The Red Eddies, meanwhile, were in the middle of their quarterfinal against Mt. Ararat when the game was suspended after news of the shooting spread to Topsham. Edward Little won a replay of the quarterfinal to earn a spot in the semifinal.

The Blue Devils beat the Red Eddies 2-1 in a well-played and hard-fought matchup that was a display of some of the best characteristics of Lewiston and Auburn.

Lewiston edged Camden Hills 1-0 in the regional final, then headed to Messalonskee High School in Oakland seeking their program’s fourth state championship in a matchup with Deering.


The Lewiston boys soccer program had already been immortalized in a book and a documentary about their first state championship season in 2015. Now the Blue Devils had a chance to add another poignant chapter to their history.

Tegra Mbele and Mohamed Gabow each scored for Lewiston in regulation, but Deering answered both times and the contest went to overtime.

With about a minute left in the extra period, Mbele received a long pass from Gabow and kicked the ball over the charging goalie and into the net to give Lewiston the Class A state title with a 3-2 overtime victory.

Caden Boone, center, celebrates with teammates and fans after Lewiston beat Deering 3-2 in overtime to capture the Class A boys soccer state championship on Nov. 11 in Oakland. Russ Dillingham/Sun Journal

“We have been saying the past few weeks, ‘Do it for the city,’” Lewiston goalie Payson Goyette said after the game. “It feels great to win for the city and bring some good to the city.”

Some of the pain from the Lewiston shootings may never heal, but sports stepped up and helped begin the process for many in the Twin Cities, and in the state, in the weeks after Oct. 25.

While the boys soccer team was in Oakland winning the state title, a day-long softball tournament was being held in Lewiston and Auburn to raise funds for the shooting victims. Among the players were Patrick Dempsey, who had recently been named the Sexiest Man Alive by People Magazine, and former Boston Red Sox pitcher Bill “Spaceman” Lee.


The softball tournament was initially a small idea that continued to grow as support rolled in.

“Pandemonium is the best way to describe this,” said Derek Haskell, the initial catalyst for the softball tournament, “but in the best way. It’s great seeing everybody out here supporting this.”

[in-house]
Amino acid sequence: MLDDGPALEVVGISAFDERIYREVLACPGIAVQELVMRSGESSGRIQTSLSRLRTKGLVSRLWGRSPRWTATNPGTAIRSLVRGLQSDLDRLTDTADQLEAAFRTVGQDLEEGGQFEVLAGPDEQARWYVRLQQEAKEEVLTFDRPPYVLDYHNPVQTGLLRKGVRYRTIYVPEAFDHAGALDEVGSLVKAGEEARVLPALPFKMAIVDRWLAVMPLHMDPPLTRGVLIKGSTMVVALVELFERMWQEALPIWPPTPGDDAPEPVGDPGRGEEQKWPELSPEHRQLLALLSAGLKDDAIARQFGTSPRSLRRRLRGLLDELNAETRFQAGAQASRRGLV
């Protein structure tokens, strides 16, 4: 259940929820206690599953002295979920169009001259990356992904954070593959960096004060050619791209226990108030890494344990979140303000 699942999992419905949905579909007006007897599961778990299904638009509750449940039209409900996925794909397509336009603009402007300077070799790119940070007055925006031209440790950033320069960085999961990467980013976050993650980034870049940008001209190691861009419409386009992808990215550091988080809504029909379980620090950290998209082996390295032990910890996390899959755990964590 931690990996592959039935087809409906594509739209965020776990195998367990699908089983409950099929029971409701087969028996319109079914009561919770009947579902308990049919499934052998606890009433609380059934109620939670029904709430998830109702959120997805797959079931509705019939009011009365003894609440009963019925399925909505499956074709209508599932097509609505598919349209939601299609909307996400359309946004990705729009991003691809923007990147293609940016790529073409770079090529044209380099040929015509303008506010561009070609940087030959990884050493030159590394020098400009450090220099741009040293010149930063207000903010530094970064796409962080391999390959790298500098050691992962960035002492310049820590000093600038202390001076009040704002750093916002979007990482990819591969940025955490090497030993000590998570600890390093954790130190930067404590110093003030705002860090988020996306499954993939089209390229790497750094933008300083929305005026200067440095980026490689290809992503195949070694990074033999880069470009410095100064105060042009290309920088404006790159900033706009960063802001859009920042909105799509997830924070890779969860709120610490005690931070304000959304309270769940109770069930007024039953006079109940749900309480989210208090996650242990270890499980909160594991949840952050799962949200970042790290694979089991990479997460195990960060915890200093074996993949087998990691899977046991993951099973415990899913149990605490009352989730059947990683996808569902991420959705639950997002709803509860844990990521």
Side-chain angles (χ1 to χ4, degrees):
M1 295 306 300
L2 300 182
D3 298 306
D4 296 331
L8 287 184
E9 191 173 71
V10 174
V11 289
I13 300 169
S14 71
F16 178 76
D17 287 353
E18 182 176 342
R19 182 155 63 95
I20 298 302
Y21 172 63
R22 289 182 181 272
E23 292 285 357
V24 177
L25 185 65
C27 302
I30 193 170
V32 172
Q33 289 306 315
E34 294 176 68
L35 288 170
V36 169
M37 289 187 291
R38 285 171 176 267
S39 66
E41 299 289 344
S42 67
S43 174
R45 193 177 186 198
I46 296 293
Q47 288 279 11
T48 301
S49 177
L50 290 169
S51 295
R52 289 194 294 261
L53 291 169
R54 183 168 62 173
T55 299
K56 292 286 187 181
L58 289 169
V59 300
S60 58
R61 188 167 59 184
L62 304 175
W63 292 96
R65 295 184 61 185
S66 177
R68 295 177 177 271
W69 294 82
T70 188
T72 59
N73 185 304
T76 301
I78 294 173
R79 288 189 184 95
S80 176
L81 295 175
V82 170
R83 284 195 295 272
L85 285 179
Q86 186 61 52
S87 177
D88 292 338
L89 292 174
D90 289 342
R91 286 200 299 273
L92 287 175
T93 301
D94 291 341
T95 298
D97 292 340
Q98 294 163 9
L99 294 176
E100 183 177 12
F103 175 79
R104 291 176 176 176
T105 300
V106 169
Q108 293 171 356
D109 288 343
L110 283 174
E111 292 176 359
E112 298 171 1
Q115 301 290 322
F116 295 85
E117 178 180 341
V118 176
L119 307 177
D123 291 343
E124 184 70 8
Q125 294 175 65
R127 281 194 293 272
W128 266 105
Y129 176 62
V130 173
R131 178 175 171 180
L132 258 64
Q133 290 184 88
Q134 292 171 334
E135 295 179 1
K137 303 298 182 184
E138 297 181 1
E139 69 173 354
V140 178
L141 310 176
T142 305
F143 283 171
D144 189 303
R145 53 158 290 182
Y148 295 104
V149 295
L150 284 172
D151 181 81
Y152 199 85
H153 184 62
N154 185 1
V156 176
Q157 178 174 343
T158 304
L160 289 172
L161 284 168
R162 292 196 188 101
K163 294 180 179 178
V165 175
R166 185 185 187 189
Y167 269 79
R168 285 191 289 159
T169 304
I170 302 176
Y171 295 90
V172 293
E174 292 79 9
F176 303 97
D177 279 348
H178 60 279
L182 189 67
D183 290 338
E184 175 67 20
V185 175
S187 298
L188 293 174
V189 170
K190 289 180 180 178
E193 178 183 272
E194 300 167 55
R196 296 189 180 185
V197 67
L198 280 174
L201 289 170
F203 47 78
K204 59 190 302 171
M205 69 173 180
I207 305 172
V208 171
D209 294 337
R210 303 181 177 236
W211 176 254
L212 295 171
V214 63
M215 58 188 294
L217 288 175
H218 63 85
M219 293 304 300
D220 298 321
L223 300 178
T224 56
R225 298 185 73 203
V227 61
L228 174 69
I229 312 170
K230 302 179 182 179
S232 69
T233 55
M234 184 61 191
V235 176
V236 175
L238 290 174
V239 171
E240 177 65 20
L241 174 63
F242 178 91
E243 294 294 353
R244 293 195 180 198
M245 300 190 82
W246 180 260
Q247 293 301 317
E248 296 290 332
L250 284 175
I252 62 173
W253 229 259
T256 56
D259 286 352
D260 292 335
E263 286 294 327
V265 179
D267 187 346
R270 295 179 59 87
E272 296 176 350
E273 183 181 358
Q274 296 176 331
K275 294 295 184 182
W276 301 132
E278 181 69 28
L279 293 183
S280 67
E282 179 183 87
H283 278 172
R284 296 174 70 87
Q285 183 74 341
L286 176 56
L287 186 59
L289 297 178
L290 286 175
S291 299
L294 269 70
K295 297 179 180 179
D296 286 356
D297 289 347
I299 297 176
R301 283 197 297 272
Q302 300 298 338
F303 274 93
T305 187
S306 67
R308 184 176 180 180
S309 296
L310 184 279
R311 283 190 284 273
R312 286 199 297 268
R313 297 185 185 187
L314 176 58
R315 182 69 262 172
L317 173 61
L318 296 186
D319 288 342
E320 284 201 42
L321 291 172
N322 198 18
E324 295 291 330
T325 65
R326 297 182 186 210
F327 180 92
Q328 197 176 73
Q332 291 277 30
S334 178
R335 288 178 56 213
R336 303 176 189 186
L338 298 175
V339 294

The New England Patriots invited the Lewiston boys soccer team to their Dec. 3 game against the Los Angeles Chargers. The players’ day included a private meeting with Kraft and the opportunity to ring the bell atop the Gillette Stadium lighthouse before the game.

Though not directly related to the shootings, the same day the soccer team was at the Patriots game, four Lewiston girls hockey players and two coaches attended the Boston Bruins game as part of the Bruins’ Hockey is for Everyone night at TD Garden. The Bruins also were honoring the first responders of the Oct. 25 shooting that night.

Blue Devils captain Fiona Landry skated onto the ice in her Lewiston uniform during a pregame ceremony, and after the game the Blue Devils were invited to the locker room area to meet goalie Jeremy Swayman, who played at UMaine, and defenseman Charlie McAvoy.

“Swayman was awesome; he stayed in the room for quite a while,” Lewiston coach Scott Laberge said. “He talked to (assistant coach) Scott (Cloutier) and I specifically about how things were going up here, with everything going on. You could tell it’s in his mind.”

In addition, Lewiston senior basketball player Natalie Beaudoin is selling shirts to raise money for victims. The Boston Celtics have honored heroes of Oct. 25, including Auburn’s Tom Gilberti, Greene’s Meghan Hutchinson, Lewiston’s Kenny Moore, and one of the victims, Joe Walker of Lewiston. The Maine Celtics held a Lewiston Strong night Dec. 16, which included the G League team wearing special Lewiston-themed uniforms.